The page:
Government no longer trusts UPL after ‘cynical’ attempt to delay Cornubia chemical directives
KwaZulu-Natal Environment MEC Ravi Pillay's department no longer trusts UPL. The agrochemical firm has been accused of not only delaying the clean-up and monitoring requirements, but also trying to persuade Pillay that UPL and the government should enter into a voluntary agreement to handle the aftermath of the toxic spill.
Daily Maverick reported recently that the UPL farm poisons group had lodged a legal appeal against a government directive that imposes stiffer reporting and monitoring requirements on the company in the wake of the July chemical warehouse inferno at Cornubia, Durban.
This 21-page “Augmented Directive” was sent to UPL South Africa commercial director Jan Botha on October 27 by the KwaZulu-Natal government. It was issued when his company apparently failed to comply fully with a series of previous directives, notices or warning letters dealing with pollution remediation and monitoring the long-term health of neighbouring communities who breathed toxic chemical fumes for nearly 10 days.
The Mumbai-based company took offence to this news report, protesting that UPL was in no way seeking to delay matters or to avoid its responsibilities by instructing lawyers to lodge an appeal.
In fact, it had been working in a “co-operative manner” with government regulators and providing regular reports to officials about the clean-up operation.
“UPL does not in any way seek to avoid its responsibilities: it merely seeks to ensure that its responsibilities are clearly and unambiguously stated in any directive, and are legal and justifiable in response to the incident … It is untrue to suggest that the appeal was an attempt to delay or obfuscate …” said newly-appointed UPL spokesperson Japhet Ncube.
Now a somewhat different picture has emerged after UPL’s “rushed” legal appeal was dismissed by Ravi Pillay, the KwaZulu-Natal MEC for the Department of Economic Development, Tourism and Environmental Affairs (EDTEA).
In a stinging 20-page decision signed on December 4, Pillay not only rejected UPL’s apparently “cynical” attempt to suspend the directive, but also revealed that his department’s officials no longer trust the word of UPL.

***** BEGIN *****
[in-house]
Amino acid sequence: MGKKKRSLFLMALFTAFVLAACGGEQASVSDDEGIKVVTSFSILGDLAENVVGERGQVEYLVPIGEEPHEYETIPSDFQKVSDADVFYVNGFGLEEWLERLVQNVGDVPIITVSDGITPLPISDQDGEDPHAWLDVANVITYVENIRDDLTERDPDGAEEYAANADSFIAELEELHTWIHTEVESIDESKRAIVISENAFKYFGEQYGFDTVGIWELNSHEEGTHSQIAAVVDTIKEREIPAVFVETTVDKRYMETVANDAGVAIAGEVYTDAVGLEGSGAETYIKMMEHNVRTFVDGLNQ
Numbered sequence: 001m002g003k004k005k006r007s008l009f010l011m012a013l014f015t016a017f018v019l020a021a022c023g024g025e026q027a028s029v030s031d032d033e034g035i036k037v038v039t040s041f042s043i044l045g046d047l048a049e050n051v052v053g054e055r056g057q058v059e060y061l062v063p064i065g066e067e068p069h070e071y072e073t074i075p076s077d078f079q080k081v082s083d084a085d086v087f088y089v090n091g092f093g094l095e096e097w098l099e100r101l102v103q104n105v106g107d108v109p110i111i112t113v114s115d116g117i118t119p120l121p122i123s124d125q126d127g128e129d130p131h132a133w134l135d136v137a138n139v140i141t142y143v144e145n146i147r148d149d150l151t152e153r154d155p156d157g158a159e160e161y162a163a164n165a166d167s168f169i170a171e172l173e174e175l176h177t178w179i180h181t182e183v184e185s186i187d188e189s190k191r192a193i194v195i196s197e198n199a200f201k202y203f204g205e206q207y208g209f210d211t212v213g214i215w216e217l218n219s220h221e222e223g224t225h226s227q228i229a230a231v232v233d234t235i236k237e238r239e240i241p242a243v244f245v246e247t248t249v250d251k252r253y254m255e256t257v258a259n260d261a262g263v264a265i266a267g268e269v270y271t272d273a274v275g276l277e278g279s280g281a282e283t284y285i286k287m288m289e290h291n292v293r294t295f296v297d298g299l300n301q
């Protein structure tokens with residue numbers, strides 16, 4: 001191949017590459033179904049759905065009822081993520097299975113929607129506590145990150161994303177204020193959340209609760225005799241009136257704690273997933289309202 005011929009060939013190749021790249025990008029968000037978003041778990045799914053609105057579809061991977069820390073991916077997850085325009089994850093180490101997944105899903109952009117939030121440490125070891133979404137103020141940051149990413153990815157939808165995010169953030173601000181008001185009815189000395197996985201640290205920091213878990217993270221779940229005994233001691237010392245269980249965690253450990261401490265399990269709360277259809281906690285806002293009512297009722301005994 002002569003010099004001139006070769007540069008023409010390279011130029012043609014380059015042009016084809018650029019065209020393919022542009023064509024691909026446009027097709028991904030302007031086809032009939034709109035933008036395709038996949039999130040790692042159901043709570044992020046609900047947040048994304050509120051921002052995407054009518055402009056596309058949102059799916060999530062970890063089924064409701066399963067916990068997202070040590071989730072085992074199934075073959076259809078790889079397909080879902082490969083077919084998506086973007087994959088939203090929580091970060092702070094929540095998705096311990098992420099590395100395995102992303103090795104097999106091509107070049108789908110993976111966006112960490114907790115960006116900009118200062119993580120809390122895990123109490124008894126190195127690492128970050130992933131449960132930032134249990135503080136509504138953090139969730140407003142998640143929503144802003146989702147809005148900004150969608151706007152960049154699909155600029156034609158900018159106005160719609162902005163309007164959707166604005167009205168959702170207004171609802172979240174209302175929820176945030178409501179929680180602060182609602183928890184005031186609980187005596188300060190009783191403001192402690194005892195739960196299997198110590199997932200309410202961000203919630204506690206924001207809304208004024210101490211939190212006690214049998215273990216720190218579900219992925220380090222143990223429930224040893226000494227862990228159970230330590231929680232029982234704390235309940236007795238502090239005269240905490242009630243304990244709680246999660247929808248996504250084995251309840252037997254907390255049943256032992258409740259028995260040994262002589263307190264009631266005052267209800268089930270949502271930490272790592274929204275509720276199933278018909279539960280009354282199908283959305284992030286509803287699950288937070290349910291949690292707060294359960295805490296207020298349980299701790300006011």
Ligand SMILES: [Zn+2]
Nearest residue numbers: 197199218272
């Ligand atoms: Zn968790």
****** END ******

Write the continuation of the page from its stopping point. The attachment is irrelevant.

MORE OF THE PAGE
In short, said Pillay, he agreed with the department’s view that UPL “lodged the appeal to ‘kick the can down the road’ on an important issue that has a fundamental impact on public and environmental health”.
“The department seeks to ensure that the relevant reports are available as soon as possible. [UPL] appears not to be aligned with the department in this regard as it appears to seek some delays in the process”.
Not only had UPL sought to delay the process, it also tried to persuade Pillay that UPL and the government should enter into a voluntary agreement to handle the aftermath of the toxic spill.
UPL has not published the full text of its appeal submission to the MEC or its rationale for seeking a voluntary deal with the government known as an Environmental Management Co-operation Agreement (EMCA).
But Pillay said that, given the current circumstances, he was not in favour of such an agreement.
“An EMCA is an agreement. Like any agreement, an EMCA must be based on trust. In the department’s words, the department no longer trusts [UPL’s] words.”
The department’s full submission to Pillay has also not been published. However, it is clear from his ruling that the department has become increasingly frustrated by the apparent failure of UPL to deliver certain reports timeously, with adequate detail or at all.
“The department makes a number of references to ‘incorrect statements’ that [UPL] allegedly makes in the appeal. The department further alleges that [UPL] made those statements with the intention to mislead me. On the face of it, I would have dismissed a number of those statements on the basis that they are not supported by the balance of the facts before me.”
Pillay’s ruling also draws attention to UPL’s apparent failure to comply with seven previous instructions issued by the department on August 17.